I can稚 find anything used, but I do have an REI gift card. Something like this http://www.rei.com/product/47921572.htm looks good to me, but I want to hear from the experts first! As always the lighter, warmer, and compact, the better. I'd rather not go much above $150 if possible, but I'd also hate to skimp out. A warm nights sleep is kinda important

    Thank you for your time!
    Select a sleeping bag based on the temperatures you expect to encounter. If you plan to tour through Minnesota in February, you need a different bag than if you are in Texas in August. Even a three season bag can be pretty useless on a hot summer night. Also, be wary of manufacturer temperatur ratings. These are highly subjective to say the least. I would add 10 deg F to any rating. If you are comparing bags, do it based on the amount of loft, if possible. Regardless of the type of insulation or the manufacturers claims, a bag with more loft will be warmer than one with less loft. The type of insulation affects the weight of the bag, its compressibility, the ability to maintain loft over time, and how the bag performs when wet.

    For all but wet performance, goose down is still the best performing insulation for a sleeping bag. Synthetics can be good, but down still wins. But down loses almost all its loft when wet, which is only a problem if you either do not safeguard your bag properly from rain (think plastic bags) or use it over an extended time in high humidity without opportunity to air the bag out.

  8. #8
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    What would one use on a hot summer's night? Nothing? Just sleep on a pad and call it good? I'm doing a small tour towards the end of July by myself but have a place to sleep every night. But my wife and I will be touring some together hopefully next summer and I am in Texas.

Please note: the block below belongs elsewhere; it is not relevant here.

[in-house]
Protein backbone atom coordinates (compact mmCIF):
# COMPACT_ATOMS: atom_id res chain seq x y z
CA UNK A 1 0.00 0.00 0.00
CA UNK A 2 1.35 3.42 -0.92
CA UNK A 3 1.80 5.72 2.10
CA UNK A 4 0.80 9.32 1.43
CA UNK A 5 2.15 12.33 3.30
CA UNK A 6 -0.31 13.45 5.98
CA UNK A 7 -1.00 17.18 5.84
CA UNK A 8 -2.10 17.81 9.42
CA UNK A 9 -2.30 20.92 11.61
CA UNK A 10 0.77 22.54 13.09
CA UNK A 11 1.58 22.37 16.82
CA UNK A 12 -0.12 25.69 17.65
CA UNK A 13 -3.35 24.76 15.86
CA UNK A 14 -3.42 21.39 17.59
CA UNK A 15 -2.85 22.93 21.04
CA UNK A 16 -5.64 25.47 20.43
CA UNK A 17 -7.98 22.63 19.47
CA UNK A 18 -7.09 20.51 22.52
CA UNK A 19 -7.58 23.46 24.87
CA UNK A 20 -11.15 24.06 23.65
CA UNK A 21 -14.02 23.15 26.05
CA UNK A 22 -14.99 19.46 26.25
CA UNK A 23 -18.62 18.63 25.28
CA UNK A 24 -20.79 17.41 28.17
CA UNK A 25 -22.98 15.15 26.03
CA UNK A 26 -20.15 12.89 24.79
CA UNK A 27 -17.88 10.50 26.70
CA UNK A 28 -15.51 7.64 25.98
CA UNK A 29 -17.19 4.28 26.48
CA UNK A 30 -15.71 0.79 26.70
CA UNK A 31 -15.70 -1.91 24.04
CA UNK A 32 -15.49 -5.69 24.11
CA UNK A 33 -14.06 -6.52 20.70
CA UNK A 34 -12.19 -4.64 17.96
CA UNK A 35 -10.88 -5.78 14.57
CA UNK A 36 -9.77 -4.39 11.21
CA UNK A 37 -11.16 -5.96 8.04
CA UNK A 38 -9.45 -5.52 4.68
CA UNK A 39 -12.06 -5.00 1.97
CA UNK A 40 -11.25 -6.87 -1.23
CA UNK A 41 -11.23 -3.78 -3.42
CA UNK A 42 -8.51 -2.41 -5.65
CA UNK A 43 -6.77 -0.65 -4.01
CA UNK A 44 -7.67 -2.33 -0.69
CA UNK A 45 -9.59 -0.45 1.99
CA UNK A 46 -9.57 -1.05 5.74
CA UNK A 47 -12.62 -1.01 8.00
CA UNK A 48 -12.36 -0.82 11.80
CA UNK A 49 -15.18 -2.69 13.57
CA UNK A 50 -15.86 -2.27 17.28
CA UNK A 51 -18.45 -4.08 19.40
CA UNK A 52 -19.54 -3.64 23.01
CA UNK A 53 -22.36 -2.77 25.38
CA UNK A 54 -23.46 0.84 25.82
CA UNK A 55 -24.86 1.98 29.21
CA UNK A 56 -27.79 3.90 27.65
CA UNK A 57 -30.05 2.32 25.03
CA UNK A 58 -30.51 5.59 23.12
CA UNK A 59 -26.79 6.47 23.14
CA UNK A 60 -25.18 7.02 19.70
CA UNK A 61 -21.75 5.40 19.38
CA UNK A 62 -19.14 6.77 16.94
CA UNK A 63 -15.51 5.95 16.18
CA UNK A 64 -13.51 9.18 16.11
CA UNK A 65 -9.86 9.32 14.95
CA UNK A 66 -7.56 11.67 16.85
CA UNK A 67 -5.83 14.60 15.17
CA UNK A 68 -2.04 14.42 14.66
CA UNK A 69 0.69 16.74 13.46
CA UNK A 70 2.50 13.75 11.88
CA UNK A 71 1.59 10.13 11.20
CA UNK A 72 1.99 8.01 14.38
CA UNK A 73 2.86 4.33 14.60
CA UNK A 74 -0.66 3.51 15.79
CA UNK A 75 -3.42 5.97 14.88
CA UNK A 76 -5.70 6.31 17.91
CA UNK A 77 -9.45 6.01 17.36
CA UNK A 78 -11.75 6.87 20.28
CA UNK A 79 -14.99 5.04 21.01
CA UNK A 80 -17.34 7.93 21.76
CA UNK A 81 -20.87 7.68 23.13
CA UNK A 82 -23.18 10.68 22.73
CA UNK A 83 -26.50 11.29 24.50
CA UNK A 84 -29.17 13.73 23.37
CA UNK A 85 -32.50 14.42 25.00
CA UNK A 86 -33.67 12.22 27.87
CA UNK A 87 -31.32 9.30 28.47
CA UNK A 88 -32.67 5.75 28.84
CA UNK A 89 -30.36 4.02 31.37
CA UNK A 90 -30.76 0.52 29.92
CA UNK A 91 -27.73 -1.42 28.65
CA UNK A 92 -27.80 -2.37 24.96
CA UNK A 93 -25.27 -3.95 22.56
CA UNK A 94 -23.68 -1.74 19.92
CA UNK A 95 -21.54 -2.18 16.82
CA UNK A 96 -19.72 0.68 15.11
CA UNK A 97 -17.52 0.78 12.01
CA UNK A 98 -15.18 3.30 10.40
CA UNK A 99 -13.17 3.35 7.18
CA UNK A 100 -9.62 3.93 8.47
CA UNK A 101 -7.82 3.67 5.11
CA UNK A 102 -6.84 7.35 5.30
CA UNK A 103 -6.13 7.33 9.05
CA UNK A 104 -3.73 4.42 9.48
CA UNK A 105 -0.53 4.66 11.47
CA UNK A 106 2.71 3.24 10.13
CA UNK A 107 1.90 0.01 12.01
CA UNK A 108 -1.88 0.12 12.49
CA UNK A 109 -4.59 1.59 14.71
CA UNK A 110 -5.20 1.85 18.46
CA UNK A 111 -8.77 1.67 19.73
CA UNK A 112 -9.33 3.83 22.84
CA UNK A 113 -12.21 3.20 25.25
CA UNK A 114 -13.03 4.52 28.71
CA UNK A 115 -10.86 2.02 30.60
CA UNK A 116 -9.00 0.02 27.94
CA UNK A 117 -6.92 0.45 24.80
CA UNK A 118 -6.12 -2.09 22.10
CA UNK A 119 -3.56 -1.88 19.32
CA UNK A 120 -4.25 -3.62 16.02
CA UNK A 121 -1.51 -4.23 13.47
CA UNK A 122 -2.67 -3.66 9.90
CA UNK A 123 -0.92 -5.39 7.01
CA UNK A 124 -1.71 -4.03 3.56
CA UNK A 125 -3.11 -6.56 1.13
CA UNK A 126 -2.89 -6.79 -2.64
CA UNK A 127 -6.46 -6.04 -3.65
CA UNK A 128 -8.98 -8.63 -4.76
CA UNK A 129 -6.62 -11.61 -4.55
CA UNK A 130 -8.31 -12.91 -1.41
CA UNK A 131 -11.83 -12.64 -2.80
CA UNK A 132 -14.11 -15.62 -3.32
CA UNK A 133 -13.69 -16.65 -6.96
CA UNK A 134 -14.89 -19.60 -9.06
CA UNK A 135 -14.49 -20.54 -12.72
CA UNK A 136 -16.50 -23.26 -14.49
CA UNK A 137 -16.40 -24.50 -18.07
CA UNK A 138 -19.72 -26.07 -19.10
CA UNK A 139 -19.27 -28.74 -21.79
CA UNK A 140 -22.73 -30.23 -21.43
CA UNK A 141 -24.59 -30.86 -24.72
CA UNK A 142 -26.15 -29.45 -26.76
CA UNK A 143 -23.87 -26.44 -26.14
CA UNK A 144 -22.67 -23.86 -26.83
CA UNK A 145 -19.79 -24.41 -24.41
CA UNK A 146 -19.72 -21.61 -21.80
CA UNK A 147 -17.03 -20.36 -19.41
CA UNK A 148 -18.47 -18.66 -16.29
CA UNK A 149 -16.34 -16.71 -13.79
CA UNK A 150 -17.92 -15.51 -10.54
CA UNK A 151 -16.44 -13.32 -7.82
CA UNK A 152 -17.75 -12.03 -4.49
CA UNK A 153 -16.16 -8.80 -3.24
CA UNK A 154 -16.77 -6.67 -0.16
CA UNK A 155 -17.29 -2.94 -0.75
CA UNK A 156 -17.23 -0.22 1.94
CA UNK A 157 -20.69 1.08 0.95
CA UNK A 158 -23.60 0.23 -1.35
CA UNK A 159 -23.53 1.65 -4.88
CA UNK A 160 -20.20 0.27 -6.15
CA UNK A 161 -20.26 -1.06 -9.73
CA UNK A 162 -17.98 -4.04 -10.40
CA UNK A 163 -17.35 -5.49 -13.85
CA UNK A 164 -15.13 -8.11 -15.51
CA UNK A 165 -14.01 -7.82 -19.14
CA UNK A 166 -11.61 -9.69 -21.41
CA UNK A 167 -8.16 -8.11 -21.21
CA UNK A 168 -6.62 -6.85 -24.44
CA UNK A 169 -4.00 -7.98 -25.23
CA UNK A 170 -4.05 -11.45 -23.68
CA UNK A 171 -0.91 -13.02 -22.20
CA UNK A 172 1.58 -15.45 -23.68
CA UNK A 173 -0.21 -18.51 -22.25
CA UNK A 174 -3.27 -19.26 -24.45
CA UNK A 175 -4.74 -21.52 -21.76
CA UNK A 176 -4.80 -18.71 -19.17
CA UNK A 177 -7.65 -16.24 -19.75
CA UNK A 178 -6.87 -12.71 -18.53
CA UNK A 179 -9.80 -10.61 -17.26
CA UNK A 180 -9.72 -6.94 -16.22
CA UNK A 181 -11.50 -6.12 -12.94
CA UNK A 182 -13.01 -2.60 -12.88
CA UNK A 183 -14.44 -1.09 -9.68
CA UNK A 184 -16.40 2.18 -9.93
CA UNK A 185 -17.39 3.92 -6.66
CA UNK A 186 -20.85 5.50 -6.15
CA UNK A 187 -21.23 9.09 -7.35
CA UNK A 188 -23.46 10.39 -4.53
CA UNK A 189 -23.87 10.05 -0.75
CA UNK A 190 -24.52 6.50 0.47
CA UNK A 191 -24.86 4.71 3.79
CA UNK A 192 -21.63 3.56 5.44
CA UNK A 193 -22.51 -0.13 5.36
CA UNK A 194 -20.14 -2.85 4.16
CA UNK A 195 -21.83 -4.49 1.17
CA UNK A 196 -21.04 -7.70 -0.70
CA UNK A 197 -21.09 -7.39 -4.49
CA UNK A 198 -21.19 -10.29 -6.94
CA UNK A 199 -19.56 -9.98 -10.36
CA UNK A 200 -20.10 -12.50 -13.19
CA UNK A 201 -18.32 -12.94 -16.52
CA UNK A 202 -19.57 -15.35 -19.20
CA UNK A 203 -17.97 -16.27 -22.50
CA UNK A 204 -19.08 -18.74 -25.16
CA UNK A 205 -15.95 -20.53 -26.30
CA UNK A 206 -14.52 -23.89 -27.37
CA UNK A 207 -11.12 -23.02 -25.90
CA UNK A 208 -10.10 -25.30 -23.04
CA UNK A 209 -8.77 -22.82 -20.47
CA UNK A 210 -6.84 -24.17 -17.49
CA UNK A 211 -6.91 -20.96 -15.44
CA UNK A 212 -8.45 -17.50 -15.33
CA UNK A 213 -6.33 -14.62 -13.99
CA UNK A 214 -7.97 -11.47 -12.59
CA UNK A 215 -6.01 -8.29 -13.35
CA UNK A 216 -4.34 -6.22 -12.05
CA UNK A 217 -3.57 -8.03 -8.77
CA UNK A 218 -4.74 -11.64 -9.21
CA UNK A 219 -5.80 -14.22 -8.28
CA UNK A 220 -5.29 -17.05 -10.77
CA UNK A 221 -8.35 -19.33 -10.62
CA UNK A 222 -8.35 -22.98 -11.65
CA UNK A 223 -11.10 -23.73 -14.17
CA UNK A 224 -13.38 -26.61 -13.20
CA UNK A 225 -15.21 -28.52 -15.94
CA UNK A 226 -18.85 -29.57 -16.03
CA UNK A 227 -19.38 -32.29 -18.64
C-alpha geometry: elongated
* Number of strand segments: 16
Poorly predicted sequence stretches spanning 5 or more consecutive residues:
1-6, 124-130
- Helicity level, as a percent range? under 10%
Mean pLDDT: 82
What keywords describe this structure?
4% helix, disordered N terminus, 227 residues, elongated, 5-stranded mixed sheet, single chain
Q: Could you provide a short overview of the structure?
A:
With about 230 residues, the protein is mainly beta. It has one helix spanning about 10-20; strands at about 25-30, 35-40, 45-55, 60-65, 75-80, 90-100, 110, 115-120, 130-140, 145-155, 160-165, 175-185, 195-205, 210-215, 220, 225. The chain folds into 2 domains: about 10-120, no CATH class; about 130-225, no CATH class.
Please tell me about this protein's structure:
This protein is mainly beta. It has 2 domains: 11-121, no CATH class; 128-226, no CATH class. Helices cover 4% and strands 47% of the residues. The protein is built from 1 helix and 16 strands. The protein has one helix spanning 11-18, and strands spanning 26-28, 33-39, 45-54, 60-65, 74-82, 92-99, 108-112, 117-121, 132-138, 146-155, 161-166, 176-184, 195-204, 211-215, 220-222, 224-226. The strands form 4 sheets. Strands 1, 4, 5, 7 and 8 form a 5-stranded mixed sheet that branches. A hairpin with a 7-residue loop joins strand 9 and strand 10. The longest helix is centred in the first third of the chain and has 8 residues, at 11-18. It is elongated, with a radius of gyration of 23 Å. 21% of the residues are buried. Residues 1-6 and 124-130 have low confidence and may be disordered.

Thanks

    PS. sorry to hijack

  9. #9
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    I have a Marmot Trestles summer weight mummy bag. It's synthetic and packs nice and light. I think it's rated at 40'F. In the summer here in North Carolina I just sleep on top of it. That's a little nicer than sleeping on the ground pad directly, and if it cools off I can climb in and leave it unzipped. I sleep warm, so it works at 40'F for me, but everyone is different.

  10. #10
    You need a new bike supcom's Avatar
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    Quote Originally Posted by tajsss
    What would one use on a hot summer's night? Nothing? Just sleep on a pad and call it good? I'm doing a small tour towards the end of July by myself but have a place to sleep every night. But my wife and I will be touring some together hopefully next summer and I am in Texas.
    Thanks

    PS. sorry to hijack
    I take two things for Texas summer camping. First is a silk bag liner that I use by itself when I first go to bed. Second is a down summer weight bag that is very lightweight and packs to a very small size. I usually just open up the bag and use it as a quilt in early morning hours when it cools off enough to get a bit of chill with the liner alone. The silk liner is also good to help keep the sleeping bag clean as it is much easier to wash and dry than the sleeping bag.

  11. #11
    Senior Member Rogerinchrist's Avatar
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  12. #12
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    You can always push the rating on your sleeping bag by wearing socks, tights and a toque to sleep in. Probably worth close to 10*F on the rating and plus you can wear the clothes when it's cold out or when your regular cycling gear gets soaking wet. Extra lightweight tights are always really handy and can weigh less than 200 grams and a lightweight polypro toque can weigh as little as 30 grams.
    2006 Lemond Sarthe